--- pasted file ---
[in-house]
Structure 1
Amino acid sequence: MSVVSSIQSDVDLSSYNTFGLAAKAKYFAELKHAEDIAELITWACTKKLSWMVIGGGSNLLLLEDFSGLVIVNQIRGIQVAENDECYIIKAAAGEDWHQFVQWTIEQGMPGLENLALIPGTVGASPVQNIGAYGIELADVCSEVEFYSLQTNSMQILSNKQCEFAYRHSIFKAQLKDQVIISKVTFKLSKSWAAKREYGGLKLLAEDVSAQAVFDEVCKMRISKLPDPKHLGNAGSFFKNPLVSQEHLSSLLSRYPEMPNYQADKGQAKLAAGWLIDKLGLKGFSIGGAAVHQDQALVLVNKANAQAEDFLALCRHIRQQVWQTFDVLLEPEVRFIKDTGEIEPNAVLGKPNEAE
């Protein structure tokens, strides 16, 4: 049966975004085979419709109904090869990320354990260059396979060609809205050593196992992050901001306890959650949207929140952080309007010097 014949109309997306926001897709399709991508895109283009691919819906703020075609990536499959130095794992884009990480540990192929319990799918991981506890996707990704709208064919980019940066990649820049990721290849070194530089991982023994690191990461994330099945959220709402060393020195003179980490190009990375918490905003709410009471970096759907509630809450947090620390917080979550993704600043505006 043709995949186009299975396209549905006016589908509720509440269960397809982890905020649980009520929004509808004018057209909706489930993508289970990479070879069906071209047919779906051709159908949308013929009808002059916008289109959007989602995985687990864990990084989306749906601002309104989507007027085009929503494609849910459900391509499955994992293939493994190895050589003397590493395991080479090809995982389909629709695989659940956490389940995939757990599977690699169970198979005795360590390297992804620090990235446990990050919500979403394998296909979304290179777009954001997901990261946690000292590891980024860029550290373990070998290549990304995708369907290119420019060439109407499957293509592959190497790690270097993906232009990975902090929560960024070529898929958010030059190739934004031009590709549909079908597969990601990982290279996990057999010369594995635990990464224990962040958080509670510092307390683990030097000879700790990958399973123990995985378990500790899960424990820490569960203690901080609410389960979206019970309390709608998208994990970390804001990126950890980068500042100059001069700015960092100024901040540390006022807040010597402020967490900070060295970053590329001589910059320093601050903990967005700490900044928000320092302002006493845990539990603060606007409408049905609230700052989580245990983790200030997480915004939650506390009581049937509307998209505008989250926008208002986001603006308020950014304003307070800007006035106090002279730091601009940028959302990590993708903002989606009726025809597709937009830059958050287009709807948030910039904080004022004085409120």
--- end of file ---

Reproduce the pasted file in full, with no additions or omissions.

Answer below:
[in-house]
Structure 1
Amino acid sequence: MSVVSSIQSDVDLSSYNTFGLAAKAKYFAELKHAEDIAELITWACTKKLSWMVIGGGSNLLLLEDFSGLVIVNQIRGIQVAENDECYIIKAAAGEDWHQFVQWTIEQGMPGLENLALIPGTVGASPVQNIGAYGIELADVCSEVEFYSLQTNSMQILSNKQCEFAYRHSIFKAQLKDQVIISKVTFKLSKSWAAKREYGGLKLLAEDVSAQAVFDEVCKMRISKLPDPKHLGNAGSFFKNPLVSQEHLSSLLSRYPEMPNYQADKGQAKLAAGWLIDKLGLKGFSIGGAAVHQDQALVLVNKANAQAEDFLALCRHIRQQVWQTFDVLLEPEVRFIKDTGEIEPNAVLGKPNEAE
């Protein structure tokens, strides 16, 4: 049966975004085979419709109904090869990320354990260059396979060609809205050593196992992050901001306890959650949207929140952080309007010097 014949109309997306926001897709399709991508895109283009691919819906703020075609990536499959130095794992884009990480540990192929319990799918991981506890996707990704709208064919980019940066990649820049990721290849070194530089991982023994690191990461994330099945959220709402060393020195003179980490190009990375918490905003709410009471970096759907509630809450947090620390917080979550993704600043505006 043709995949186009299975396209549905006016589908509720509440269960397809982890905020649980009520929004509808004018057209909706489930993508289970990479070879069906071209047919779906051709159908949308013929009808002059916008289109959007989602995985687990864990990084989306749906601002309104989507007027085009929503494609849910459900391509499955994992293939493994190895050589003397590493395991080479090809995982389909629709695989659940956490389940995939757990599977690699169970198979005795360590390297992804620090990235446990990050919500979403394998296909979304290179777009954001997901990261946690000292590891980024860029550290373990070998290549990304995708369907290119420019060439109407499957293509592959190497790690270097993906232009990975902090929560960024070529898929958010030059190739934004031009590709549909079908597969990601990982290279996990057999010369594995635990990464224990962040958080509670510092307390683990030097000879700790990958399973123990995985378990500790899960424990820490569960203690901080609410389960979206019970309390709608998208994990970390804001990126950890980068500042100059001069700015960092100024901040540390006022807040010597402020967490900070060295970053590329001589910059320093601050903990967005700490900044928000320092302002006493845990539990603060606007409408049905609230700052989580245990983790200030997480915004939650506390009581049937509307998209505008989250926008208002986001603006308020950014304003307070800007006035106090002279730091601009940028959302990590993708903002989606009726025809597709937009830059958050287009709807948030910039904080004022004085409120």